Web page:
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Four election candidates explain their party's approach to school zoning, what they like and what they would change

Four election candidates explain their party's approach to school zoning, what they like and what they would change

Each week from now until the election we will be asking a small group of electorate candidates to explain where they and their parties stand on a specific issue.

This allows them the opportunity to explain and justify their policies, which we have separately listed and compared here.

This week the subject is School Zoning. (Responses are listed in Party alpha order.)

David Seymour, ACT Party candidate for Epsom

School autonomy is an important factor in successful education and zoning is a factor, but a secondary one, in school autonomy.

Schools with the ability to operate as they see fit tend to be more successful at satisfying students' needs than those that don't.

New Zealand schools are very autonomous in principle, but in practice their freedoms are severely restricted. Education is a people business but teacher pay and conditions are not controlled by schools.

Funding other than for staffing is also parcelled and schools are restricted in how they use it. There is little flexibility in management structure, for example a successful school cannot take over a failing one to respond to demand.

The above are all supply-side constraints on how schools operate. Zoning is a demand-side constraint.

ACT's priority is to free up the supply-side (Partnership Schools Kura Hourua are very free on the supply-side) for two reasons. The first is that freeing up demand without supply would simply move children around without improving the net supply of education. The second is that zoning has distorted the property market and the rights of people who have bought property with the reasonable expectation of attending a school must be considered.

Whether or not there would be zoning in a perfect world is a moot point, the fact is that we have it and many people have arranged their lives around it.

In conclusion, school zoning reform is ACT's lowest priority for education policy.

Denise Roche. Green Party candidate for Auckland Central

The Green Party believes every child in New Zealand has the right to attend their local school, and that every local school should have the resources and support it needs to deliver the best quality education to their school community.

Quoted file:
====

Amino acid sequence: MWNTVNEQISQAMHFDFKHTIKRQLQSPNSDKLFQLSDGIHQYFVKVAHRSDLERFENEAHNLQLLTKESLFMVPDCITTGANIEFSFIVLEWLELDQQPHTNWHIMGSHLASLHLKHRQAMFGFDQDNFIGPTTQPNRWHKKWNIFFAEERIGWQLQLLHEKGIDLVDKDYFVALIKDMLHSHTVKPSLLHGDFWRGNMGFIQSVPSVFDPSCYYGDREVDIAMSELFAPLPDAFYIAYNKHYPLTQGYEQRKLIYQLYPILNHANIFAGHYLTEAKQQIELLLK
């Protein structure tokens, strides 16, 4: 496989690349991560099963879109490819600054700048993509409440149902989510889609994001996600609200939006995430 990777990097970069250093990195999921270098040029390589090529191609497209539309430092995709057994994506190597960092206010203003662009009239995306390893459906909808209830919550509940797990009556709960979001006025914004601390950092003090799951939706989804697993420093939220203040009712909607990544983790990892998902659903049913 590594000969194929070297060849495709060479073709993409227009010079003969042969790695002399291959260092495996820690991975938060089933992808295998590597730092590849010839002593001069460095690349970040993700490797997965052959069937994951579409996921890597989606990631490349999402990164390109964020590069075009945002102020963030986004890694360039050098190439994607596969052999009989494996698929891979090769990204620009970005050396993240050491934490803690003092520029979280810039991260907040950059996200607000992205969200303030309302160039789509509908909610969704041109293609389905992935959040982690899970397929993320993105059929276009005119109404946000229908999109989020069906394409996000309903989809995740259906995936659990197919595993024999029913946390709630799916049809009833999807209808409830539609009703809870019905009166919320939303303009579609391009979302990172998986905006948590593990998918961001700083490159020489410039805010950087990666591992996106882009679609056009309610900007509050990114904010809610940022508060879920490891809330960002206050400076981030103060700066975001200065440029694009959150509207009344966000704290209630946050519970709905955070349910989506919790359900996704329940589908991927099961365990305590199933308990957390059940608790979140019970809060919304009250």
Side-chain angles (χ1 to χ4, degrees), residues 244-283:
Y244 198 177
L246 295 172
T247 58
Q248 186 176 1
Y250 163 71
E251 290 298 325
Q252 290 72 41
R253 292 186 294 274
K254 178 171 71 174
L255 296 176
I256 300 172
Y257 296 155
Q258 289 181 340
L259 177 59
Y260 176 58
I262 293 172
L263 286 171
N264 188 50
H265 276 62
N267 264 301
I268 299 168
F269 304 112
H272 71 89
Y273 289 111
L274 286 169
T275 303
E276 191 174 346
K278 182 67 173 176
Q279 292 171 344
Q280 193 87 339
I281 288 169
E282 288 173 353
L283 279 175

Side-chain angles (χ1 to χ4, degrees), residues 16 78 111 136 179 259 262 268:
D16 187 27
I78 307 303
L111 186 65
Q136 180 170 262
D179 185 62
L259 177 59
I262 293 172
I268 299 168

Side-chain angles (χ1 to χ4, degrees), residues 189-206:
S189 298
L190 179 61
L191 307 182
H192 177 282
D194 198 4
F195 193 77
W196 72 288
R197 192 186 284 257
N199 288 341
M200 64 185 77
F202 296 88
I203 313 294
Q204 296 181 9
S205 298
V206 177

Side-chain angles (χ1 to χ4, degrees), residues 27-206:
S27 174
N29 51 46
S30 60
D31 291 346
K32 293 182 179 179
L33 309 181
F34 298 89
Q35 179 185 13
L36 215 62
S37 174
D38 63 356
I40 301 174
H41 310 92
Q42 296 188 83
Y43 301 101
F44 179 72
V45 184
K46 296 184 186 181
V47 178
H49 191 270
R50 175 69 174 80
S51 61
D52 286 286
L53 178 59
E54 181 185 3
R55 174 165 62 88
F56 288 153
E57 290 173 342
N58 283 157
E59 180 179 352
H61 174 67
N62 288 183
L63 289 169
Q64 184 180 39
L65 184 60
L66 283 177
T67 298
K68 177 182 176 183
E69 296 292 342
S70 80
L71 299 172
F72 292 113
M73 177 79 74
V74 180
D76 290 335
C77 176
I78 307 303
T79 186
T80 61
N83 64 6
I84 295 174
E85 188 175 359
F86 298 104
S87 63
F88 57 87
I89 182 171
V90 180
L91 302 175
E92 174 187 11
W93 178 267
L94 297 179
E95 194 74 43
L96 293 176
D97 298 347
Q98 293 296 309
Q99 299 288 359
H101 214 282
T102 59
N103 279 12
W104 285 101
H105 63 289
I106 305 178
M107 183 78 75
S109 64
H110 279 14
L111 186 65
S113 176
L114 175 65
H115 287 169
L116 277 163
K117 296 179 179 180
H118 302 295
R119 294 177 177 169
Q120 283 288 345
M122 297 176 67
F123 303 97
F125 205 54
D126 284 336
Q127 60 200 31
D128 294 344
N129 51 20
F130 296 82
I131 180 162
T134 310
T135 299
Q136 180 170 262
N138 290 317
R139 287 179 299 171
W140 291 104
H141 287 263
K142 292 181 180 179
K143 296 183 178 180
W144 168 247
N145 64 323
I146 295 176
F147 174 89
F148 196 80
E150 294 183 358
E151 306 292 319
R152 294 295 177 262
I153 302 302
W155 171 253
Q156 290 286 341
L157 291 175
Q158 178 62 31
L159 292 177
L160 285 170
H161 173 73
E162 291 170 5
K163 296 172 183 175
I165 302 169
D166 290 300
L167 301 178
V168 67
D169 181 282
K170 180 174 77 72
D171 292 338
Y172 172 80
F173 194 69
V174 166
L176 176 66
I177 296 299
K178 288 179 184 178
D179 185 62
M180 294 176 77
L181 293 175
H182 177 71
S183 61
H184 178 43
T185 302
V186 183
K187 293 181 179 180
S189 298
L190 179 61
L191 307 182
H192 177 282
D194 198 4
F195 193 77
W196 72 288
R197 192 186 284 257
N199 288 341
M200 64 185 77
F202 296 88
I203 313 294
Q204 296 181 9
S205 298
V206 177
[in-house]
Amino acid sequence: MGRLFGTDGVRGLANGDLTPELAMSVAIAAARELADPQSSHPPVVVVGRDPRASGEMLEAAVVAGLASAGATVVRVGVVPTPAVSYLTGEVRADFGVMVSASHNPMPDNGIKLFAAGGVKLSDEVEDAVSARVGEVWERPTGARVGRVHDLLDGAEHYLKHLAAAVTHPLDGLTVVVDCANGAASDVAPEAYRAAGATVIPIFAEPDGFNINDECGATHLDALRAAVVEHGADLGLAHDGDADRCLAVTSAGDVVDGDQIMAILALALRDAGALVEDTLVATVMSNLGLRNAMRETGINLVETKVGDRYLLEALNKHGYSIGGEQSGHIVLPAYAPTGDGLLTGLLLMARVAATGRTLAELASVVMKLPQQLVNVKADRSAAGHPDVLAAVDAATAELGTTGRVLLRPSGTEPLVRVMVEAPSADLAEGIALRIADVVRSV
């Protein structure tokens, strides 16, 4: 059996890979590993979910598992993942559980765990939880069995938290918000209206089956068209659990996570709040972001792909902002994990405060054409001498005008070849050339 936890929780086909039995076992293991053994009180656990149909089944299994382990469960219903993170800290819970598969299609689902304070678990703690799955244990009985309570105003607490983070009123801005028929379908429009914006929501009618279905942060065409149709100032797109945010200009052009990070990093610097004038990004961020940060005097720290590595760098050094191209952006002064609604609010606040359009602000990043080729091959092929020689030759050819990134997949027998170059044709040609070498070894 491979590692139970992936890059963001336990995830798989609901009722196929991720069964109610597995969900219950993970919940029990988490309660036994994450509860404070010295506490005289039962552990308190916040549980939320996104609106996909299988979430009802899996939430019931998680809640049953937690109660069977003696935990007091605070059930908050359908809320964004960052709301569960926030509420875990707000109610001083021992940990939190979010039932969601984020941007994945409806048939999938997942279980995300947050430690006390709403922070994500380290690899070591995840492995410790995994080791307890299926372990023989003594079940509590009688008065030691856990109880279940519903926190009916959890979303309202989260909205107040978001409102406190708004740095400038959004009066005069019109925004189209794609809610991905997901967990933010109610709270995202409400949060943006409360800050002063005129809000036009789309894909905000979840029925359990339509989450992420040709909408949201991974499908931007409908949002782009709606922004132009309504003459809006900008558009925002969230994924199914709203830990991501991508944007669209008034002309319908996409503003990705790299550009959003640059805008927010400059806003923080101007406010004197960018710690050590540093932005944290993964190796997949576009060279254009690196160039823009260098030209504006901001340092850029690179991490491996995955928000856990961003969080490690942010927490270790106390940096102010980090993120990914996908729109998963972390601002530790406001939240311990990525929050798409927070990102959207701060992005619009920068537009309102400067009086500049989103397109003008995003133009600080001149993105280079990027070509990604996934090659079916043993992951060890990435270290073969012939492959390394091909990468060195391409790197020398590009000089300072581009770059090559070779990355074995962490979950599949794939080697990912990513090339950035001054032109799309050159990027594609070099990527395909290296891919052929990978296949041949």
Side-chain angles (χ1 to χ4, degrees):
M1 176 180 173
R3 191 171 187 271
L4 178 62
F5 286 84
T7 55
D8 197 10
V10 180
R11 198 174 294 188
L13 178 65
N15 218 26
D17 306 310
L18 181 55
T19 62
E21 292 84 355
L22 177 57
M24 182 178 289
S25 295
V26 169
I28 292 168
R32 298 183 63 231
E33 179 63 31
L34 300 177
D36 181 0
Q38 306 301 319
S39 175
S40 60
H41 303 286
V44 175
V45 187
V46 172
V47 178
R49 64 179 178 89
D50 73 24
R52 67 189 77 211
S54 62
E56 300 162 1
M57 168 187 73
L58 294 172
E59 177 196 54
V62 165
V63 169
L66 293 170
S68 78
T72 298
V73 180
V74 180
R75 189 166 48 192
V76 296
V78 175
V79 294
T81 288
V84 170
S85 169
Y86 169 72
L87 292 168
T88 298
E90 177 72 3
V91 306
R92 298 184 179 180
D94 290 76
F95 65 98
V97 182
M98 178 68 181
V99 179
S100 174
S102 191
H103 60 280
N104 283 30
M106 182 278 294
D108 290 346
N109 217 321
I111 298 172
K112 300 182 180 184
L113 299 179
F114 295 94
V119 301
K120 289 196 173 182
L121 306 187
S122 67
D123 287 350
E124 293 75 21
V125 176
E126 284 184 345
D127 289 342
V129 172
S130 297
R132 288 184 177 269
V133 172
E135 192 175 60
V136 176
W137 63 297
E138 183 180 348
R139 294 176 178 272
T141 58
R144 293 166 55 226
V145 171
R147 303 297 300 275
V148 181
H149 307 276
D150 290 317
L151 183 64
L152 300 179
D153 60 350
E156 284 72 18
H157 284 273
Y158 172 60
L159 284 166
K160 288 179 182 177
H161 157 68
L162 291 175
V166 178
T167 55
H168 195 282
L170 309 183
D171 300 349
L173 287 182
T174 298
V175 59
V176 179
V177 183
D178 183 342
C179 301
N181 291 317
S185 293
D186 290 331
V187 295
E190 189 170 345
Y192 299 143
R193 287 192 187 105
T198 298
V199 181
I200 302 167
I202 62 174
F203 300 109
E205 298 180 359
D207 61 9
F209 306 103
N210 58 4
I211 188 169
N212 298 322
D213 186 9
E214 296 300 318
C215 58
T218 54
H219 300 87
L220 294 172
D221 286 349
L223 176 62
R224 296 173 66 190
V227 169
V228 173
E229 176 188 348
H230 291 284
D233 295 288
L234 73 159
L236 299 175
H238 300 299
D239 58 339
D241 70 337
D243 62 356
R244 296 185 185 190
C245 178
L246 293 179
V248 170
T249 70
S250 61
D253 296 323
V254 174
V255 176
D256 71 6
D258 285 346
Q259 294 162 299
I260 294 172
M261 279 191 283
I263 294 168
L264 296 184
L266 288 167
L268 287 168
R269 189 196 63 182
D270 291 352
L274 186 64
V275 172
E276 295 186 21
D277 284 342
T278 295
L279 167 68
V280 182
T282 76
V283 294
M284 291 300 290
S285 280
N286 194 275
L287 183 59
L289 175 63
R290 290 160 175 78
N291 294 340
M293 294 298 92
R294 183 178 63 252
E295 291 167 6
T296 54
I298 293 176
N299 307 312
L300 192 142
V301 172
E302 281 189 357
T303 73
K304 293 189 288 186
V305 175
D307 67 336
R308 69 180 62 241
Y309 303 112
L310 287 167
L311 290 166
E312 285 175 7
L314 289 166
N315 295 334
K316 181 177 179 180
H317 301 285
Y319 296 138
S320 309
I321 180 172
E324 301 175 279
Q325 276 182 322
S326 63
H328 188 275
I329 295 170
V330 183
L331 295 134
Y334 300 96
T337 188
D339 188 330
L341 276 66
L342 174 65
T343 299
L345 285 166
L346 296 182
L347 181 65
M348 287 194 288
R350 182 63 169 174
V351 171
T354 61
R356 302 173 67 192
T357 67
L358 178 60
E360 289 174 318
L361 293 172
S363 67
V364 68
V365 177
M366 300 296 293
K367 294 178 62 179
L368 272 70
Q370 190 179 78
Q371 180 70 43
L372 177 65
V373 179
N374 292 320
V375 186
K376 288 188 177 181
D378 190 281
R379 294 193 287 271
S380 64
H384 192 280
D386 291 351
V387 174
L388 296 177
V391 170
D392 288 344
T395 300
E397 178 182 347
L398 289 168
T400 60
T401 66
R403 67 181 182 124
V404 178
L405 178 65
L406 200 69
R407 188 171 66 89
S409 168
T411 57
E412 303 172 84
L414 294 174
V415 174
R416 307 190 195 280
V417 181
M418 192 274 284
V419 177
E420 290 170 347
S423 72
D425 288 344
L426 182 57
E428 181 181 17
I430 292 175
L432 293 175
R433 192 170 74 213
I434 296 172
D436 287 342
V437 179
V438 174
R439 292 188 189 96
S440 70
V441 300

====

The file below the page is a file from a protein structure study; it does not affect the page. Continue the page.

School zoning is not perfect, it can be rorted and we’d work with the schooling sector in Government to make the zoning system fairer. But it’s better than removing zoning altogether.

Underprivileged kids, those with disabilities and minorities will always be the losers in a system where schools can cherry pick students, and parents with money and power can buy their way into the so-called better schools. Poor kids, for example, don’t get driven to the other side of town to the school of their (so-called) choice.

Rather than creating a situation that erodes local schools by encouraging parents to shop around, we believe the Government should be focussed on supporting and resourcing schools to be the heart of their community and the best they can.

The zoning controversy often gets tied up in the mistaken belief that schools in poorer areas are not as good as schools in wealthier areas. We’d support low income schools, by setting them up as community hubs. By providing a nutritious school lunch programme, a dedicated nurse for every primary school, free after school and holiday care and a community hubs coordinator to bring in other services and opportunities, schools help ensure that the impacts of poverty don’t get in the way of kids learning.

This approach also attracts good teachers, keen to be supported in their efforts to make a difference. Schools as community hubs are a proven way to build community trust and confidence in their school, stops roll decline in poor areas and helps with parental engagement in education.

Jacinda Adern, Labour Party candidate for Auckland Central

Labour supports the retention of existing school enrollment legislation. It guarantees that kids can attend their local school and stops schools from 'cherry-picking' the best students. Existing legislation does not stop parents choosing a different school for their child, it just ensures that those living closest to a school get the first priority.

Nikki Kaye, National Party candidate for Auckland Central

We think the current zoning system is working fine with schools and the Ministry of Education implementing enrolment schemes to manage rolls and prevent overcrowding. These allow the Secretary for Education to make the best use of the network of state schools. The schemes have home zones and orders of enrolment priority to allow a fair and transparent process for enrolment. New schools start with enrolment schemes to ensure they meet the needs of the community.

Ensuring that every child receives a good education is one of the most important things we can do for our children. Under National, the latest information shows students are doing better across the education system; the Public Achievement Information released last month proves that National initiatives are making a real difference in educational achievement.

Some primary and many secondary schools use school zoning. Schools should, as far as possible, exclude only as many students as they need to prevent overcrowding and enable students to attend a reasonably convenient school. It’s a delicate balance but one we believe our schools manage more often than not.

A good education leads to better jobs, higher incomes, and a better quality of life – something we want for all Kiwi children.

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